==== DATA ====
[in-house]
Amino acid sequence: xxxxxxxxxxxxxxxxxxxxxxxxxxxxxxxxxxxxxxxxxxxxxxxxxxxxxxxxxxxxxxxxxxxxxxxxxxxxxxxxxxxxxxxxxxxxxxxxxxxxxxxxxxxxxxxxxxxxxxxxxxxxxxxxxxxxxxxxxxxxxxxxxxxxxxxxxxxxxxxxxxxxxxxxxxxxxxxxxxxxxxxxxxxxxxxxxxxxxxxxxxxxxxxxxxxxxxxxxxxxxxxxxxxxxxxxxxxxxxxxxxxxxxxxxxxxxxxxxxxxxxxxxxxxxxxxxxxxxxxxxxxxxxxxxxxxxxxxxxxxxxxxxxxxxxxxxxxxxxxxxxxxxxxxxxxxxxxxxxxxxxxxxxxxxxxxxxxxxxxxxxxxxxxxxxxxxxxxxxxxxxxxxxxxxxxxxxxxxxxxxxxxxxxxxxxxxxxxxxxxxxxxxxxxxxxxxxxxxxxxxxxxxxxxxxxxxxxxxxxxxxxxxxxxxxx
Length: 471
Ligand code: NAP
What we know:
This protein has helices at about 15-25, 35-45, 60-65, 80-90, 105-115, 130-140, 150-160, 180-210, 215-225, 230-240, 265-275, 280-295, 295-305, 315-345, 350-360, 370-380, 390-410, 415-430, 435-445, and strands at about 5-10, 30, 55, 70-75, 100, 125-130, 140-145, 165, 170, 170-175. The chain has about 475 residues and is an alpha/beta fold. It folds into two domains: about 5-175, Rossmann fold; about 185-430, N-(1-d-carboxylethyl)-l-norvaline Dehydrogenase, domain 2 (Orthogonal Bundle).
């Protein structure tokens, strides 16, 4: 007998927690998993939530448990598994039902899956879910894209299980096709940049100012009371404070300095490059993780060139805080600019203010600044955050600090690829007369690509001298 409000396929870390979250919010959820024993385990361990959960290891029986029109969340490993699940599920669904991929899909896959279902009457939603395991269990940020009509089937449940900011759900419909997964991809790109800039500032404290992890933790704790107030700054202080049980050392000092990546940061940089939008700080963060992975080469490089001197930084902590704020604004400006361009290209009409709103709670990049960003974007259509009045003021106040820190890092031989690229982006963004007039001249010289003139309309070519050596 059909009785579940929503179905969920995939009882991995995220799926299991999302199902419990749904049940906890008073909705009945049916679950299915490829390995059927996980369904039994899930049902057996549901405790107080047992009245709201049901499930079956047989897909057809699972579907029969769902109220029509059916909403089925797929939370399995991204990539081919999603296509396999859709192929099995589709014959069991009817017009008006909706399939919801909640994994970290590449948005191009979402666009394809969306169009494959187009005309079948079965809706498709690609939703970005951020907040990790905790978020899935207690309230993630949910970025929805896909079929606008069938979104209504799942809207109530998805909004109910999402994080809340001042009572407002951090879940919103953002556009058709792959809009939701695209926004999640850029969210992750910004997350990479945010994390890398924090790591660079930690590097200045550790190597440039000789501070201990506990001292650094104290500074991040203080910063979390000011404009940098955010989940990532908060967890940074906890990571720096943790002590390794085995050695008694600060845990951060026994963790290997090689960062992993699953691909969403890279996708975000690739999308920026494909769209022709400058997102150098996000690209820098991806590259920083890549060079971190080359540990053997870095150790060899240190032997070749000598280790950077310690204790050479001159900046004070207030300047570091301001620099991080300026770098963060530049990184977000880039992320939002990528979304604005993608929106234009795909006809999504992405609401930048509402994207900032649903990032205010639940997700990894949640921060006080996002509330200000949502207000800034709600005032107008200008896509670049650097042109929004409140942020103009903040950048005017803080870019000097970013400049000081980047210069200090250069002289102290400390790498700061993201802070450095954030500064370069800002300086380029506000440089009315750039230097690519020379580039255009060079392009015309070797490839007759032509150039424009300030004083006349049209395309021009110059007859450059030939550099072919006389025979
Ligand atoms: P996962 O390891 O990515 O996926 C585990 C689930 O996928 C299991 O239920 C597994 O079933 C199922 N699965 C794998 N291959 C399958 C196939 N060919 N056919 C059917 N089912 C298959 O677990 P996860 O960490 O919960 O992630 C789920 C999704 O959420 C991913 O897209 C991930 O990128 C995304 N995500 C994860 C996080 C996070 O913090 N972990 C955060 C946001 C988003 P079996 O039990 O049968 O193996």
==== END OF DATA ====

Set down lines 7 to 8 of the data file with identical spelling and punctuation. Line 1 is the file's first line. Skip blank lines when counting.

């Protein structure tokens, strides 16, 4: 007998927690998993939530448990598994039902899956879910894209299980096709940049100012009371404070300095490059993780060139805080600019203010600044955050600090690829007369690509001298 409000396929870390979250919010959820024993385990361990959960290891029986029109969340490993699940599920669904991929899909896959279902009457939603395991269990940020009509089937449940900011759900419909997964991809790109800039500032404290992890933790704790107030700054202080049980050392000092990546940061940089939008700080963060992975080469490089001197930084902590704020604004400006361009290209009409709103709670990049960003974007259509009045003021106040820190890092031989690229982006963004007039001249010289003139309309070519050596 059909009785579940929503179905969920995939009882991995995220799926299991999302199902419990749904049940906890008073909705009945049916679950299915490829390995059927996980369904039994899930049902057996549901405790107080047992009245709201049901499930079956047989897909057809699972579907029969769902109220029509059916909403089925797929939370399995991204990539081919999603296509396999859709192929099995589709014959069991009817017009008006909706399939919801909640994994970290590449948005191009979402666009394809969306169009494959187009005309079948079965809706498709690609939703970005951020907040990790905790978020899935207690309230993630949910970025929805896909079929606008069938979104209504799942809207109530998805909004109910999402994080809340001042009572407002951090879940919103953002556009058709792959809009939701695209926004999640850029969210992750910004997350990479945010994390890398924090790591660079930690590097200045550790190597440039000789501070201990506990001292650094104290500074991040203080910063979390000011404009940098955010989940990532908060967890940074906890990571720096943790002590390794085995050695008694600060845990951060026994963790290997090689960062992993699953691909969403890279996708975000690739999308920026494909769209022709400058997102150098996000690209820098991806590259920083890549060079971190080359540990053997870095150790060899240190032997070749000598280790950077310690204790050479001159900046004070207030300047570091301001620099991080300026770098963060530049990184977000880039992320939002990528979304604005993608929106234009795909006809999504992405609401930048509402994207900032649903990032205010639940997700990894949640921060006080996002509330200000949502207000800034709600005032107008200008896509670049650097042109929004409140942020103009903040950048005017803080870019000097970013400049000081980047210069200090250069002289102290400390790498700061993201802070450095954030500064370069800002300086380029506000440089009315750039230097690519020379580039255009060079392009015309070797490839007759032509150039424009300030004083006349049209395309021009110059007859450059030939550099072919006389025979
Ligand atoms: P996962 O390891 O990515 O996926 C585990 C689930 O996928 C299991 O239920 C597994 O079933 C199922 N699965 C794998 N291959 C399958 C196939 N060919 N056919 C059917 N089912 C298959 O677990 P996860 O960490 O919960 O992630 C789920 C999704 O959420 C991913 O897209 C991930 O990128 C995304 N995500 C994860 C996080 C996070 O913090 N972990 C955060 C946001 C988003 P079996 O039990 O049968 O193996």